Pea is Vega’s protein of choice for its plant-based recovery drink mix, Vega Sport Recovery Accelerator. “Pea protein supplies an easily digested source of BCAAs, which act as signaling molecules to transition muscles from a catabolic state (breaking down) to anabolic (building up)”5—key for the product’s recovery benefits, says Emma Cutfield, Vega’s innovation manager. (Sales of Vega products currently comprise 30% of all plant-based protein sales in the U.S. natural channel, she says.) Designed for use in the 20-minute window immediately following a workout, Vega Sport Recovery Accelerator provides a specific 4:1 ratio of carbohydrates-to-protein to enhance muscle glycogen synthesis and therefore muscle recovery6, she says. She adds that pea protein is more soluble for drinks than other plant proteins.

Enzymes aid protein’s amino acid release. “For sports, enzymes are being used in several ways, which include nutrient delivery and energy metabolism, as well as post-workout recovery support. One interesting new trend is the use of proteases to release amino acids more quickly, especially the BCAA leucine,” says Richard Mihalik, director of innovation and product development, National Enzyme Co. (NEC; Forsyth, MO). In vitro tests show that NEC’s BioCore Edge enzyme blend breaks down whey protein quicker, reducing the size of protein molecules and speeding the release of BCAAs, he says.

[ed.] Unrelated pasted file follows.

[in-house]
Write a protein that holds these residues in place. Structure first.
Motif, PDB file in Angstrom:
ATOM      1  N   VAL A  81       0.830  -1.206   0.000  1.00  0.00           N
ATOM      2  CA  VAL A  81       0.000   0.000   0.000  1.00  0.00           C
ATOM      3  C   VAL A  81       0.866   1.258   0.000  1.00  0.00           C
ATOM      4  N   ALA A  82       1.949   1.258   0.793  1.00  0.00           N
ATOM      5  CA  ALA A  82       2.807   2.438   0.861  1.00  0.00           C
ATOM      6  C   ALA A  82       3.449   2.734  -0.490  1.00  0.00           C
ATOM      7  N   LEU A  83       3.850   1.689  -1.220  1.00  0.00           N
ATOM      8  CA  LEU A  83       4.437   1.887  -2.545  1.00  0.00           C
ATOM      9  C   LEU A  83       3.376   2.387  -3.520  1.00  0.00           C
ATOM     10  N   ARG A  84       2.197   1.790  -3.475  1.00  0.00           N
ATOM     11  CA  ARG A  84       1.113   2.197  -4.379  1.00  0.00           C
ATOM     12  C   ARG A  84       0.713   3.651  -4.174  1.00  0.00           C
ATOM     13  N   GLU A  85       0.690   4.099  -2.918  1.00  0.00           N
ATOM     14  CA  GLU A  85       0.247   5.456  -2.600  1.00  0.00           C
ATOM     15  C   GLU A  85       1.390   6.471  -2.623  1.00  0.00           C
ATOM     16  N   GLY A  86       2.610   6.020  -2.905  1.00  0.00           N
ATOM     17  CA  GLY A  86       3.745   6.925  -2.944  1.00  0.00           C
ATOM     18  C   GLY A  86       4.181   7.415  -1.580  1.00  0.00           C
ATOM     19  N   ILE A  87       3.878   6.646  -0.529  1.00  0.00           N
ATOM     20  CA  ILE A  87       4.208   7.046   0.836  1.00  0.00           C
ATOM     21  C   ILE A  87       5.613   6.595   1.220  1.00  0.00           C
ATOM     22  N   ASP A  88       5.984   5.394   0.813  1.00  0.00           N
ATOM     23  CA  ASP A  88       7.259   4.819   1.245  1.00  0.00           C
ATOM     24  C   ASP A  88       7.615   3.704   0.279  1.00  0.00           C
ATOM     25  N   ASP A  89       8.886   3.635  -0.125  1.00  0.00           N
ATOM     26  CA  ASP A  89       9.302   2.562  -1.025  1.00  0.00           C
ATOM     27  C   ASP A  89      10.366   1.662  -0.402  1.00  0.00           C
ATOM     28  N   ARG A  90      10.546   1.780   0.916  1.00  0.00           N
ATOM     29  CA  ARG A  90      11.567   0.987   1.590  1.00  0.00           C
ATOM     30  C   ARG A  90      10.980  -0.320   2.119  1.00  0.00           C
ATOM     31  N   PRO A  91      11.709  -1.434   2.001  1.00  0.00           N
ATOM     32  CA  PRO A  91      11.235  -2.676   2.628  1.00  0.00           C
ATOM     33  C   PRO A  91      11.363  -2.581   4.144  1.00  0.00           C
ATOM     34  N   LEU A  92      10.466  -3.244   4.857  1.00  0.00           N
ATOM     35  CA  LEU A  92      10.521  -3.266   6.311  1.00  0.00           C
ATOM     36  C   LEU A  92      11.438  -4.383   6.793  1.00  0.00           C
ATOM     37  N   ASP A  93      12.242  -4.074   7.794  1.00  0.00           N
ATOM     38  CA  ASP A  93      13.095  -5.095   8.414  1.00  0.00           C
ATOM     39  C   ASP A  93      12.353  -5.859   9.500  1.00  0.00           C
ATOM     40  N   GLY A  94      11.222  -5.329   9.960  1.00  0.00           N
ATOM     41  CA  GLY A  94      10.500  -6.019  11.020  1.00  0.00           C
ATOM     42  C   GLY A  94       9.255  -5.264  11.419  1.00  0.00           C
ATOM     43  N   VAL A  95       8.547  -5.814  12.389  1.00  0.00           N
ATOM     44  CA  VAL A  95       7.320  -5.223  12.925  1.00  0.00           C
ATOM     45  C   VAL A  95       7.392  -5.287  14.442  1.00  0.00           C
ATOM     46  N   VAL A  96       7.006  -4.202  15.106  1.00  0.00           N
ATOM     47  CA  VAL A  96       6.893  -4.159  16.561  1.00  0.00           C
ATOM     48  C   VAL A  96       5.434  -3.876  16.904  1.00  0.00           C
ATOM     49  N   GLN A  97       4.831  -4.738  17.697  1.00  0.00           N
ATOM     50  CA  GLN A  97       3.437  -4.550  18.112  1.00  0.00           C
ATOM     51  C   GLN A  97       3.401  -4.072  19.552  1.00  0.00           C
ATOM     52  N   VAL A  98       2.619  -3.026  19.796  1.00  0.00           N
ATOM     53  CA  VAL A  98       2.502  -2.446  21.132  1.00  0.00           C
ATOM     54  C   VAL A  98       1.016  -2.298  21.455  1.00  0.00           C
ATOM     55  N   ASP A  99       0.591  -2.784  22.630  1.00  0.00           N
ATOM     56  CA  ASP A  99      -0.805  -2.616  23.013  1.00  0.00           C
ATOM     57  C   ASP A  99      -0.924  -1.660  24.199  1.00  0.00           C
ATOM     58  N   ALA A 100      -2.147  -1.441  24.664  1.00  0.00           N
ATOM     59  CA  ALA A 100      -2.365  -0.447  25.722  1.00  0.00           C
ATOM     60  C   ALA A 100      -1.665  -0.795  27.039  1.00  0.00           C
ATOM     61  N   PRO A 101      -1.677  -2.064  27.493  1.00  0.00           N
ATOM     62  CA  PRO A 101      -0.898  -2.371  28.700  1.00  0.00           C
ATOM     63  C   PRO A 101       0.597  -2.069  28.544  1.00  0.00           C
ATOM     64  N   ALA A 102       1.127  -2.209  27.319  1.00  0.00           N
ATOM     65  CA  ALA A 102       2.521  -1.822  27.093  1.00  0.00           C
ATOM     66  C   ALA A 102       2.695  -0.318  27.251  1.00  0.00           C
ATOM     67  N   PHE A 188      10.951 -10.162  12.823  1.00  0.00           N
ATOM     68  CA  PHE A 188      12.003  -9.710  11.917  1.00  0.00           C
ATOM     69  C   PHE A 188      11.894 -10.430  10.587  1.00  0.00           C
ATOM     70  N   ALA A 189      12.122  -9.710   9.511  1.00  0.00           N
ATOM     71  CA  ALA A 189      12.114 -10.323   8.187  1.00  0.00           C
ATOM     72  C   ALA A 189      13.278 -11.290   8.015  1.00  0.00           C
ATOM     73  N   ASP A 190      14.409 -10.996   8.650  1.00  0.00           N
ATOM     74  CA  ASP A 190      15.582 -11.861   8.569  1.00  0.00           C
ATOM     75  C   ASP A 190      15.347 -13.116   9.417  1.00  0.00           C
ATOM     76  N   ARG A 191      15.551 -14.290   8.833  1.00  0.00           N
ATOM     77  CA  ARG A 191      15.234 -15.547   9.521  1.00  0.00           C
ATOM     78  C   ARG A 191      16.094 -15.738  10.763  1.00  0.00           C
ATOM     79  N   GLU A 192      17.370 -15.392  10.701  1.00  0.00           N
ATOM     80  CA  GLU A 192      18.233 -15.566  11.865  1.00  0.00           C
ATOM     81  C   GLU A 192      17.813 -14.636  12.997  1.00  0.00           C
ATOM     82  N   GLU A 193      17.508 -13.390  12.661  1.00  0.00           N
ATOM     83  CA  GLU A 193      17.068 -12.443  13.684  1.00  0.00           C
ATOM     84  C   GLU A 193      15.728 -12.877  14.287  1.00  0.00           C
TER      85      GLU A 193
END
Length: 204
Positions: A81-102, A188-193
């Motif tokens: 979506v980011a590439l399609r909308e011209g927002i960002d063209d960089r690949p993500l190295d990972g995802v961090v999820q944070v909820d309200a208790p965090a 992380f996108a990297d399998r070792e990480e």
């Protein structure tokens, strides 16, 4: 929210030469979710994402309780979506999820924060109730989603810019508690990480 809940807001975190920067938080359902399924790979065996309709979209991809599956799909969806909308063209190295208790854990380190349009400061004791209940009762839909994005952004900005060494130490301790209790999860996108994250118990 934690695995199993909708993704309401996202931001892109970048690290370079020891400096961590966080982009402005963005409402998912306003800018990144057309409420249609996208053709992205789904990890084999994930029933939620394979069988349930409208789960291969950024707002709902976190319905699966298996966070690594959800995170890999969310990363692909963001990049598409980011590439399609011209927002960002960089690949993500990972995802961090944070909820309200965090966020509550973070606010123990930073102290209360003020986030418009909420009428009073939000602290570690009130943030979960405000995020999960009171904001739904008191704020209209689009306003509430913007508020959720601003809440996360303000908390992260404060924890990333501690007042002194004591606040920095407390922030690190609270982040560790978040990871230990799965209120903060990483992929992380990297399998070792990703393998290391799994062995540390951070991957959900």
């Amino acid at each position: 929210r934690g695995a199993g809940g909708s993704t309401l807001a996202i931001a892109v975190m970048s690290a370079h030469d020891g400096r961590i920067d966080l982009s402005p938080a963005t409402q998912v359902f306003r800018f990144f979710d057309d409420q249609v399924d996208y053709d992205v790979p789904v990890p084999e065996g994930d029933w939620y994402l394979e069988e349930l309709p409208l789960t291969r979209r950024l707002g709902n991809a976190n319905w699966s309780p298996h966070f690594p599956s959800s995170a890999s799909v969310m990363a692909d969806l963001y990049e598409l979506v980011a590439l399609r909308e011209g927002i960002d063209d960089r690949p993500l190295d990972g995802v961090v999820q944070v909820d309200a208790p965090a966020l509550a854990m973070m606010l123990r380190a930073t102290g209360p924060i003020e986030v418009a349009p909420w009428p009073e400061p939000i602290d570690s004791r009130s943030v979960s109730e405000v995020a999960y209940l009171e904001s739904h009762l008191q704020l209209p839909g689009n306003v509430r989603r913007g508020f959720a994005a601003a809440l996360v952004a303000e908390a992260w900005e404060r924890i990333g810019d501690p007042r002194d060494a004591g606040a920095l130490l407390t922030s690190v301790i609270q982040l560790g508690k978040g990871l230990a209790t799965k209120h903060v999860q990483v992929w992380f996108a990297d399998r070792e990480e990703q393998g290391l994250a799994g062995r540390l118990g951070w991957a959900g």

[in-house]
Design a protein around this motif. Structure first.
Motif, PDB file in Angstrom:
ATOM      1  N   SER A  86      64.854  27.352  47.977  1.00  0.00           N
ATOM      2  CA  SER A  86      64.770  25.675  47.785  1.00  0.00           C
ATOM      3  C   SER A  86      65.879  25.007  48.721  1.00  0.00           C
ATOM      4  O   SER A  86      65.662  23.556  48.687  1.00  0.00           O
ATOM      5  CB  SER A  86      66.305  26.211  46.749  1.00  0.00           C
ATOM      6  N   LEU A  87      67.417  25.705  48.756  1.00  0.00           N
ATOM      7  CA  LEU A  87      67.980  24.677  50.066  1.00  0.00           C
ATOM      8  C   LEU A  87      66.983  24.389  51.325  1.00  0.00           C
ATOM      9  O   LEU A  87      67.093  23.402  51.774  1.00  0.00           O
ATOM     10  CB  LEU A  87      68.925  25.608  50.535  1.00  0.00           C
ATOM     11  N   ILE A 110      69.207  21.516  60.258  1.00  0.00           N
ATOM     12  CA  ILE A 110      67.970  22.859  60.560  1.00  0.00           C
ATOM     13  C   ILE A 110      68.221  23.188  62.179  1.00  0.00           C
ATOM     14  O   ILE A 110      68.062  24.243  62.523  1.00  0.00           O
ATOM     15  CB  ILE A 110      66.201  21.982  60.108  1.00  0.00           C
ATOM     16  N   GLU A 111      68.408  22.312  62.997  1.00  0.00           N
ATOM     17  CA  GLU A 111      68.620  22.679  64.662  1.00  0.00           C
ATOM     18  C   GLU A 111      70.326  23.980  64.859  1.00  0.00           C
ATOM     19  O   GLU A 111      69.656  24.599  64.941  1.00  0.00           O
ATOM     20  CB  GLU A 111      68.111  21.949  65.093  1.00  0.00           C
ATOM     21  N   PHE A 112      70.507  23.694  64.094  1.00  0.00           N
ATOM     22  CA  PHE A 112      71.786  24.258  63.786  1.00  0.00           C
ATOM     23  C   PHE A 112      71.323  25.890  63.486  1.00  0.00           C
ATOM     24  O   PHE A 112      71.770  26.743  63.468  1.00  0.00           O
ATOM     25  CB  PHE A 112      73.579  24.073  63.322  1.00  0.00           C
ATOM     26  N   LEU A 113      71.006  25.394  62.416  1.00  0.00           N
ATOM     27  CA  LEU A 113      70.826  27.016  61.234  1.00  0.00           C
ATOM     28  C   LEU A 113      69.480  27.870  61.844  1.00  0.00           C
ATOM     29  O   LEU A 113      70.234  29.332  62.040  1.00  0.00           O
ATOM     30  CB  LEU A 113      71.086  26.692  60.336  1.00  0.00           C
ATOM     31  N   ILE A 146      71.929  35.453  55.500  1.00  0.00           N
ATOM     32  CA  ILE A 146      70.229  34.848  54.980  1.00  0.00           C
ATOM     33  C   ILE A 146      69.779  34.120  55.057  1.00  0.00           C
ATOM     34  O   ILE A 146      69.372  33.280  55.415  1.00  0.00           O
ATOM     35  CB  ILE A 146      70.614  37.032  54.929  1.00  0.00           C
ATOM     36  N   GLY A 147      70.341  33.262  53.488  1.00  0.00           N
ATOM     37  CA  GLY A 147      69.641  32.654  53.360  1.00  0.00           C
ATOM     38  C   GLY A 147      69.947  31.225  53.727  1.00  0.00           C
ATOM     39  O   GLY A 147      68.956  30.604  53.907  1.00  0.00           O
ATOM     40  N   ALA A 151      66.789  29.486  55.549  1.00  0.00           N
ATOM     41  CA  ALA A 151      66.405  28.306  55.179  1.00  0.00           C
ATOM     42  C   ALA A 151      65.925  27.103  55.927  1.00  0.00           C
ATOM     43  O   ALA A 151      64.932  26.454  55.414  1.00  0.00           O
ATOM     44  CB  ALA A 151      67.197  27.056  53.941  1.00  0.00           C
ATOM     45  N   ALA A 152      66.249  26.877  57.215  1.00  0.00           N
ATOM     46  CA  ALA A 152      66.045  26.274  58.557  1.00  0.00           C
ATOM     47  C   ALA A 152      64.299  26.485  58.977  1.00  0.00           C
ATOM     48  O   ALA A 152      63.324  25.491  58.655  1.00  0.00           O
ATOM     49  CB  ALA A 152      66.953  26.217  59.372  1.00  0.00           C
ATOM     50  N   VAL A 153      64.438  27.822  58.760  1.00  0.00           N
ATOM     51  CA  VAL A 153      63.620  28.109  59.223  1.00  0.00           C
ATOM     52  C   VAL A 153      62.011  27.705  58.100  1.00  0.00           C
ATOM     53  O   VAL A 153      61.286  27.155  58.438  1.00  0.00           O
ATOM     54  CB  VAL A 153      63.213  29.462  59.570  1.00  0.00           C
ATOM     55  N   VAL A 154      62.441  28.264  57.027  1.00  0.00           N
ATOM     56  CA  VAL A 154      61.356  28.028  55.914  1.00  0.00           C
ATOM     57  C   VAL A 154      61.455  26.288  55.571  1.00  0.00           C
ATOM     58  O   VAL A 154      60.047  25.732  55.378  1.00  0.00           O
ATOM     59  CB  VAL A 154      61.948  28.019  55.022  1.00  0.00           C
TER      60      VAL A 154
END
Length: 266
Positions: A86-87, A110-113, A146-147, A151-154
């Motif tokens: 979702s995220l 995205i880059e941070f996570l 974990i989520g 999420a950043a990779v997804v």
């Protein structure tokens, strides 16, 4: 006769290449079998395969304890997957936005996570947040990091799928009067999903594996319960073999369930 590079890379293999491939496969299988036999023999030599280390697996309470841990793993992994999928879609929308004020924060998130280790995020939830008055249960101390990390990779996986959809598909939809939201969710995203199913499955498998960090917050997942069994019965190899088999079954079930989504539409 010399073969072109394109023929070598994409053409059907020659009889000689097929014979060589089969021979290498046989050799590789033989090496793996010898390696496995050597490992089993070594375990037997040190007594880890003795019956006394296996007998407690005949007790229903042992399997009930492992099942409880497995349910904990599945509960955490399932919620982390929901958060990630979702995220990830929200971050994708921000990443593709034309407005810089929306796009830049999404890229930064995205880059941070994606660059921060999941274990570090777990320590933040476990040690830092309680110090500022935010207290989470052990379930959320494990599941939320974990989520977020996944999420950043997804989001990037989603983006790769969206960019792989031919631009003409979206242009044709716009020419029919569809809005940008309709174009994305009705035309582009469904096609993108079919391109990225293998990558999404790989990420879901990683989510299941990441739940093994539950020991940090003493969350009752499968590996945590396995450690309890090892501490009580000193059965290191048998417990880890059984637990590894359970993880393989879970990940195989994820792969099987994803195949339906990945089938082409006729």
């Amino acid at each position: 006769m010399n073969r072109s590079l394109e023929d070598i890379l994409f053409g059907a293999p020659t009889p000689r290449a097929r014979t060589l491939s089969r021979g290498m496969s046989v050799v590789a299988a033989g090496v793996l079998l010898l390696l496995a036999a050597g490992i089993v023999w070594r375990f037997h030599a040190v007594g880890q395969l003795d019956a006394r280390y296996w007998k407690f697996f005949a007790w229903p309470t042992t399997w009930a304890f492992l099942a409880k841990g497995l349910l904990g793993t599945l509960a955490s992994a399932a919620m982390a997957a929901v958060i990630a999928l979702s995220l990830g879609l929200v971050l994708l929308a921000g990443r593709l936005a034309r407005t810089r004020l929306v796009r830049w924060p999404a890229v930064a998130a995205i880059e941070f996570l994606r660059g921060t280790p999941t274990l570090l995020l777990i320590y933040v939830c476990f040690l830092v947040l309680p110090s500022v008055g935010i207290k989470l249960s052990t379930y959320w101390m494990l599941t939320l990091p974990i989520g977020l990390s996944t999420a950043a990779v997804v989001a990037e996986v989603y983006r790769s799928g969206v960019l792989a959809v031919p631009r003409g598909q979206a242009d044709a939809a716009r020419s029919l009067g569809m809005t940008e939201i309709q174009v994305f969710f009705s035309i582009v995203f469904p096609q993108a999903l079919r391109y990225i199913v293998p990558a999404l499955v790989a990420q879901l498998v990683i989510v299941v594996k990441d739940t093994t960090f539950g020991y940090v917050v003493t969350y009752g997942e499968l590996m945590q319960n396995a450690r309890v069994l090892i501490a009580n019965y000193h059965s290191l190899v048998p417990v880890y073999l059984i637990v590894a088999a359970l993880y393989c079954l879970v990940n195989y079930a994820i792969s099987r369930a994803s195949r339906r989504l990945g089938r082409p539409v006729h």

Plant proteins tend to release their amino acids more slowly compared to whey protein, so enzymes are important here if the goal is a quick release, Mihalik says. “Plant-based proteins have the most to gain from targeted protease blends like BioCore Edge,” he says.

Finding the right blend of proteases to make a specific protein/protein blend digestion-friendly requires knowing which amino acid bonds and sequences make the protein resistant to digestion. For instance, “less processed” plant proteins may have significant fatty acid and carbohydrate residue that makes digestion inefficient, Mihalik says. "Soy protein tends to be more resistant to our natural digestive enzymes, so adding appropriately selected proteases may accelerate the release of amino acids, making them more rapidly available for absorption," he says. And proteases may act differently on different protein sources. “Even proteins of the same type can behave differently depending on how a manufacturer processes them.”